Immunotherapy can almost completely eliminate allograft rejection
According to a recent report from the Seattle Children's Research Institute at the annual meeting of the American Association of Hematology, a Phase II clinical trial showed that Abatacept was able to almost completely cure the lethality of patients with advanced cancer or blood disorder after stem cell transplantation Of graft-versus-host disease (GvHD). Abatacept reduced the incidence of toddlers and adult patients to 32% and 3%, respectively, when used in combination with conventional medicines. In short, the therapy can significantly improve the patient's health and survival rate.
Acute GvHD is a fatal disease that occurs as a result of stem cell transplantation. The reason for this is that the donor's T cells attack the patient's organs, such as the skin, liver, Shenzhen, lung, and digestive tract. Asymptomatic donor cells from non-transplant donor patients, the incidence of these diseases as high as 80%, of which half of the patients will die.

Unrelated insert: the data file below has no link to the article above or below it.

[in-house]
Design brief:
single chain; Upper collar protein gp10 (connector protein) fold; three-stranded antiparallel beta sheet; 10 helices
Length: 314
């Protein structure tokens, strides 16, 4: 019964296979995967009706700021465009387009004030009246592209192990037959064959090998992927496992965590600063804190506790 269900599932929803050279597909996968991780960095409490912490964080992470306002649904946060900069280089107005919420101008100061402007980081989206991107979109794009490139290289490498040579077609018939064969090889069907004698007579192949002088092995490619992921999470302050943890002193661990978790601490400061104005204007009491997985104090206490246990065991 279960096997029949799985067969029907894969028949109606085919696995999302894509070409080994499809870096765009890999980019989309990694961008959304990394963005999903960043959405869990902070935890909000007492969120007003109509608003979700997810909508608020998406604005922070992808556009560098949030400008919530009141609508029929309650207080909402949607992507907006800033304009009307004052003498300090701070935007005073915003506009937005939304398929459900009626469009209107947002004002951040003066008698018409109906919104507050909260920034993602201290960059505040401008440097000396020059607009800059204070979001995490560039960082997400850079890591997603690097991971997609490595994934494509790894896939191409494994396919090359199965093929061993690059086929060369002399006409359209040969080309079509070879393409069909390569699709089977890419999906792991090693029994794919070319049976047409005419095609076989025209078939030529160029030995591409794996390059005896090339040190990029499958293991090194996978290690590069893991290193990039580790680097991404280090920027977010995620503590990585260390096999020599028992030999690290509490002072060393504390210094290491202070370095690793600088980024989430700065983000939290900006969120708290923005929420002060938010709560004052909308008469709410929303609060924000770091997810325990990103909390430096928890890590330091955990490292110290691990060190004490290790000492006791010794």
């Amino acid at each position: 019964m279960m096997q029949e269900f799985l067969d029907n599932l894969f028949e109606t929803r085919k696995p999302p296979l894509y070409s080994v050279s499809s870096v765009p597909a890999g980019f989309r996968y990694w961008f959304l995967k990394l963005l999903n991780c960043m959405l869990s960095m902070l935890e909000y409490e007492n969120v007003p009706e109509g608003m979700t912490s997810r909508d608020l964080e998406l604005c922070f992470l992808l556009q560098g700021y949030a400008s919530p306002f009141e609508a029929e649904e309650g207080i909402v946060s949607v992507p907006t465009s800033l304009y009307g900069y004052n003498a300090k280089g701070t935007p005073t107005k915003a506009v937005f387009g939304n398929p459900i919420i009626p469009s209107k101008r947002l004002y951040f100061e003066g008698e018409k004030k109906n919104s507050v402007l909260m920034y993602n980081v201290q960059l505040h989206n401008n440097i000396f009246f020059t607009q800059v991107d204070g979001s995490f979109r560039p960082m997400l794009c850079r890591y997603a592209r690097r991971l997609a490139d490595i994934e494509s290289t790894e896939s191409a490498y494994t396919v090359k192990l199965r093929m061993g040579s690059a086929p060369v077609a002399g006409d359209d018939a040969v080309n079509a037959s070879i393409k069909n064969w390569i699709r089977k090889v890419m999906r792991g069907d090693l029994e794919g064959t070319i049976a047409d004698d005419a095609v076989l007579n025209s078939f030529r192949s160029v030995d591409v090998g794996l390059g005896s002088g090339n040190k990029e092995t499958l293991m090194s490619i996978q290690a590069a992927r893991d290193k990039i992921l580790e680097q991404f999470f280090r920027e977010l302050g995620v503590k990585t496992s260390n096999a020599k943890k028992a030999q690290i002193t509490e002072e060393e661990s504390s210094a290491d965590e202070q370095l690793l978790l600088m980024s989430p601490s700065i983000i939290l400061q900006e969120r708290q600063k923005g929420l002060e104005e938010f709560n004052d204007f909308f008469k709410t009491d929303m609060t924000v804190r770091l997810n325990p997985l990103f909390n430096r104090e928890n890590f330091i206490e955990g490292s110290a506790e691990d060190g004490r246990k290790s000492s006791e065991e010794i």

"Due to the serious threat of the disease, we need to develop new tools to ensure the safety of patient transplants," said Dr. Leslie Kean, the study's lead author. Initially, Kean found that abatacept had a significant effect on the treatment of rheumatoid arthritis, so he wondered if the drug could also treat GvHD. For rheumatoid arthritis, abatacept reduces joint inflammation by inhibiting T-cell activation and blocking a series of reactions.
Similarly, some studies by Kean et al. Found that abatacept blocked the activity of specific T cells following transplant surgery. In their theory, excessive activation of effector T cells and attacking the patient's immune system are the major causes of GvHD.
"It's heartbreaking for a transplant surgeon to find out if we have found a cancer that has been cured by a transplant but has died of GvHD," says Kean. "So if we can find a safe cure , Resulting in a significant reduction in the chances of developing GvHD in patients, a tremendous breakthrough for the entire field of stem cell transplantation. "
Cell Phones Blood Glucose New Ideas: Reusable Blood Glucose Sensor